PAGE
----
I'm needing some IRL community. for me, for my family, for my kids. I'm about 90% Atheist, and about 10% agnostic. that 10% is because shit, there is a lot I don't know, so how can I claim to KNOW that there is no god? plus, I feel that for D, he needs some other viewpoints in his life. we've talked about what I/we believe and in the typical 6yo fashion he believes pretty much exactly what I do. I want to give him lots of options and opinions so he can come to his own set of beliefs. I'm looking for a community that accepts us as we are and can offer us some of the things that a community can. I'm intrigued that the local church here is having a thanksgiving sunday service for Atheists. I'm guessing that the congregation has enough non-believers to warrant having a service dedicated to Atheism. this is promising.
I know some of you have attended these churches and I'm wondering what you can tell me about your experiences. Is it: truly as inclusive as they claim to be? w/o the dogma that conventional religion clings to? What is the best/worst part about the church? things to expect?
So, i'm a little apprehensive but I need something... I don't have much of a community around me and more and more I'm seeing that maybe that is the root of so many problems today. we've talked about it here before, how it takes a village, and it seems I am w/o one (at least IRL). I need people. I really do. I also seem to have some social anxiety which makes it hard to connect with the people I need. I mean, I can fake it enough when out and about, but forming anything meaningful has become very tough for me.
I dream of the OS commune. but until then, I'm looking locally.
Yeah, I was wondering about that, too, Andromeda...
We never joined (a) because we couldn't get to the classes (which I don't think you HAVE to do but it's a nice introduction) and (b) because we can't donate anyway. Our church does an annual campaign asking everyone to donate and passes out a table with guidelines for different suggested levels of giving, depending on how much you make and how much you feel you can/want to give.
Since we are financially strapped, we haven't given anything. Nobody really knows that, though, except I guess the accountant. Therefore we don't get treated differently. We participate in everything we want to, we volunteer our time when we can (which I view as our form of giving), we get invited to everything, there are no special member/non-member pricing on events or anything like that.
When they have called to request our participation in annual giving, I just explain that we're not in a financial position to do that this year. They're very polite and don't ask again until the following year.
I'm glad you liked it!
We've visited UU congregations before and have never been asked to go to classes or to give money. The Quaker meetings usually will do a "please drop a donation in the box in the hall" thing during post-meeting announcements just to pay rent on the space and stuff, and they ask for donations if you stay for the community lunch, but nobody's ever looked askance when I give a dollar or something. But then again, I never noticed tithing when I went to Catholic church, except there they passed baskets, so maybe I'm not a very reliable reporter. ;)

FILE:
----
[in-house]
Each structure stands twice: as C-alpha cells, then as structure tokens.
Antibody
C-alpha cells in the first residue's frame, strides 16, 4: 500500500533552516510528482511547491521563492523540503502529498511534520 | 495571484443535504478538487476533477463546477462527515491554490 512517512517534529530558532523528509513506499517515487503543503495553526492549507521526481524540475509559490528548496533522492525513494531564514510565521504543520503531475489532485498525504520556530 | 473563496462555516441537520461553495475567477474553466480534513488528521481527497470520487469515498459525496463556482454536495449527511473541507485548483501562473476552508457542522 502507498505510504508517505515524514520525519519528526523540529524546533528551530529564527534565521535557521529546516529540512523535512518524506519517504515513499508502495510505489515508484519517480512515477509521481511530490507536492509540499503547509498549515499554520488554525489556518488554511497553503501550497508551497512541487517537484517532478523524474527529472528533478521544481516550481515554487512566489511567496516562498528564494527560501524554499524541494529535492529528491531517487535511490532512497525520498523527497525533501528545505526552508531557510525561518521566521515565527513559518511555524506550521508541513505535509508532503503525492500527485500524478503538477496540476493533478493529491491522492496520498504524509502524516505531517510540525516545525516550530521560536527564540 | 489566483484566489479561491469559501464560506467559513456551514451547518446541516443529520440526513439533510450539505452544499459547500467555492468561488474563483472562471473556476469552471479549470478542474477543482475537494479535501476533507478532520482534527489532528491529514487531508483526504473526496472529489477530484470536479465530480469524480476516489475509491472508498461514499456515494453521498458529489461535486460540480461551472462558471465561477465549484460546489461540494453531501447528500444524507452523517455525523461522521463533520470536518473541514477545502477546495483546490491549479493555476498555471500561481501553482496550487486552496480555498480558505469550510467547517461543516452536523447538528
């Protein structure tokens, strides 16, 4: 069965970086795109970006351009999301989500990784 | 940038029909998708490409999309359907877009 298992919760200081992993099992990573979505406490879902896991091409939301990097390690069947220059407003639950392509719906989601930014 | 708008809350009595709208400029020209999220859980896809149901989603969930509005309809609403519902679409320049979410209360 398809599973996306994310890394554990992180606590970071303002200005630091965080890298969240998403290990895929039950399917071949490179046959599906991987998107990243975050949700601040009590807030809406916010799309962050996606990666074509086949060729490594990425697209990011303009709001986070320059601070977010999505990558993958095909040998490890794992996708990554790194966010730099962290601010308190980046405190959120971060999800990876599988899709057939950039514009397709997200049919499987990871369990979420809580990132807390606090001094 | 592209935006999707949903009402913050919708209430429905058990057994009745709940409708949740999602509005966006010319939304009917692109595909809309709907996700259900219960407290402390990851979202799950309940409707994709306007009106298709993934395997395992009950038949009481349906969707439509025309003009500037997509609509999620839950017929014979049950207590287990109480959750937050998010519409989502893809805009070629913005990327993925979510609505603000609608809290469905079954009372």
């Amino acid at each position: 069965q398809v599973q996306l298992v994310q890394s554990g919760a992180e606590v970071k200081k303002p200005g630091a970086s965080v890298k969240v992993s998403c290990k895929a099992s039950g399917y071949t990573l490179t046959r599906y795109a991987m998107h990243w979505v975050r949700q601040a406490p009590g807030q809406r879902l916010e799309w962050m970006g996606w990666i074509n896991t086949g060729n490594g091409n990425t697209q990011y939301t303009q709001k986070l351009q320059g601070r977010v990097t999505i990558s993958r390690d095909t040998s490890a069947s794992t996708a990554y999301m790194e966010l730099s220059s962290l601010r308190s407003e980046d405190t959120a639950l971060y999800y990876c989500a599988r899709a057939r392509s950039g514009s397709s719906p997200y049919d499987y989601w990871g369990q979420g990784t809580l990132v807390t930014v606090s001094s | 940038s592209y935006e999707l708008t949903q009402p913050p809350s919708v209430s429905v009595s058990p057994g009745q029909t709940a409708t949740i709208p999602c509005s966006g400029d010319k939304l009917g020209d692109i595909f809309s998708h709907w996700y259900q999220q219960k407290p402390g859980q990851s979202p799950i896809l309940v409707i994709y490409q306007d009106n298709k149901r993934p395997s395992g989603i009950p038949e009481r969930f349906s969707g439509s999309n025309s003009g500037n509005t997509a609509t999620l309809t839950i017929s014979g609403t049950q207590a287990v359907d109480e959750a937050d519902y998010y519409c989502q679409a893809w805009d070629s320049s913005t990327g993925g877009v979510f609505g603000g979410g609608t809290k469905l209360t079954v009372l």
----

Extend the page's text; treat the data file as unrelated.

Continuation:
Having been on the UU board, it gave me a little different perspective. We were always struggling financially. About 25% of our money came from from fundraisers and the rest from the pledges people make. We would develop our annual budget based on the pledges and then pray (ha!) that people would be able to make them. I think often folks don't think about what it really costs to run a church. Of course it depends on size, but we had a mortgage (our church was in a converted home), utilities, cleaning crew, insurance staff salaries (minister, administrator, youth leader, music director) and while some of these were part time salaries, we were very intent on providing at least some level of health care and educational funds, insurance, cleaning and landscaping crew, postage, maintenance, printing costs for the programs etc. etc.
You shouldn't be asked to contribute unless you actually join and/or you are a really regular member. Our congregation approached it a lot like public broadcasting - pay what you can based on your ability and on what you get from it. If you can't afford funds, pay with time and talent.
thanks everyone! that does clear things up a bit. I know it takes money to run a church, so I'm not opposed to the idea of asking for help from the congregation. i'll wait and see about joining officially after i figure if this is a good fit long term, but so far it looks promising. i'm also really interested in donating my time and it seems there are quite a few opportunities for that.
Usually, people who are members can vote and be on the board, and people who aren't members can't. But that's the only difference I can think of. Members are expected to contribute financially, but how much is up to them. There are people at my church who have attended for twenty years but never joined, and consider themselves "friends" rather than "members". Some of them do give money, so for them it's more that they're just not joiners. Nobody seems to look askance at that (other than some good-natured ribbing about them just trying to get out of being on the board).
Some (most? all?) churches take up a collection during the service, and that money goes to various things depending on the church. Some keep the money and use it for church stuff, some donate it to an organization like a food pantry, some split it with that kind of organization, some take up two collections, one for the church and one for an outside organization... but a lot of times they're preface the offertory by saying something about if you're a guest, don't worry about it.
I'm glad you felt like it might be a good fit for your family! It's nice to find a group you fit well with.